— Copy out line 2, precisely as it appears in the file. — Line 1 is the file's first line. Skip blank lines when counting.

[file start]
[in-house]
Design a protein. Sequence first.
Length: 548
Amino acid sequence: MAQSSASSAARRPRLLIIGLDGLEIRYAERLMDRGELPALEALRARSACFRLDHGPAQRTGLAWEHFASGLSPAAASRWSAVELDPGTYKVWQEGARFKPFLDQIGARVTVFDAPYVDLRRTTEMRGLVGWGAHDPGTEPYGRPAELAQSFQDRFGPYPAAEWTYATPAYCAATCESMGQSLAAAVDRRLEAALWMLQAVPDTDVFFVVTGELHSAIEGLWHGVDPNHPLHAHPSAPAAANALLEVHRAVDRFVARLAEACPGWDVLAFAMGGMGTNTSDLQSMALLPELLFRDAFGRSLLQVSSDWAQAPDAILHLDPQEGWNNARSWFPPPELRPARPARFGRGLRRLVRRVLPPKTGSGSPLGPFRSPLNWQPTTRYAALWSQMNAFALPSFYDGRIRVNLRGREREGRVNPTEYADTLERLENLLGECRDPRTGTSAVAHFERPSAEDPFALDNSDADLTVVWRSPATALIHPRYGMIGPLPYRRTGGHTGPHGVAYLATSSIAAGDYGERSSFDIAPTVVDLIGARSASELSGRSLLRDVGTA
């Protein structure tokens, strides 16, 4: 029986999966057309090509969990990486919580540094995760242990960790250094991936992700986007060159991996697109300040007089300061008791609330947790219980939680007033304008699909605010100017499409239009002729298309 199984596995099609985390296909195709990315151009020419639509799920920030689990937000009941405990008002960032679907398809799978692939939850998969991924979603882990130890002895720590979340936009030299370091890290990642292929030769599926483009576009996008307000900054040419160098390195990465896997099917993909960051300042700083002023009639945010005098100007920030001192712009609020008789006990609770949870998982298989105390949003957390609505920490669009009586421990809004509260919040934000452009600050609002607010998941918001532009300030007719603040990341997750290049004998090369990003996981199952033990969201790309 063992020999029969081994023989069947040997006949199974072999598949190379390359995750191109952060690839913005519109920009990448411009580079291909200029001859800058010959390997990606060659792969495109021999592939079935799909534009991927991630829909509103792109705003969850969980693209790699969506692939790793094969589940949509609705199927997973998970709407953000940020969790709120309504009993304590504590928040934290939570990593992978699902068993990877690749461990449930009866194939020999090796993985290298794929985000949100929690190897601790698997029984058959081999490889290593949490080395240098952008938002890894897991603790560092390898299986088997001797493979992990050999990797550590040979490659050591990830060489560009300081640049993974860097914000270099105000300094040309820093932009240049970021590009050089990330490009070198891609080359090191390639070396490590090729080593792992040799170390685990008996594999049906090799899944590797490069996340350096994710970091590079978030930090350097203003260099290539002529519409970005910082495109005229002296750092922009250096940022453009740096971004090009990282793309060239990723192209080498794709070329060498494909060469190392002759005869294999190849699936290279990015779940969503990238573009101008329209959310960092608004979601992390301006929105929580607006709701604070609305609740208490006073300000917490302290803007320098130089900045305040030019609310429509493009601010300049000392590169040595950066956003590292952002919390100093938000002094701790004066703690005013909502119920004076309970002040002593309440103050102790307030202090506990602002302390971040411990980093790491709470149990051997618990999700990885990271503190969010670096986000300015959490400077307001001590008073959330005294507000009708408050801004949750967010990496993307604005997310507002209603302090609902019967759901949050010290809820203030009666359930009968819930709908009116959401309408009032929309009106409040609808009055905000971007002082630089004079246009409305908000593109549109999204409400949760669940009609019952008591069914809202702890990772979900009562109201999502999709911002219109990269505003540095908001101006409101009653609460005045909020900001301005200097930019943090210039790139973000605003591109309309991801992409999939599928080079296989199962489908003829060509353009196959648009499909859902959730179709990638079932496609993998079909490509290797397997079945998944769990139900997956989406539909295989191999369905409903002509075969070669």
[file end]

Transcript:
Design a protein. Sequence first.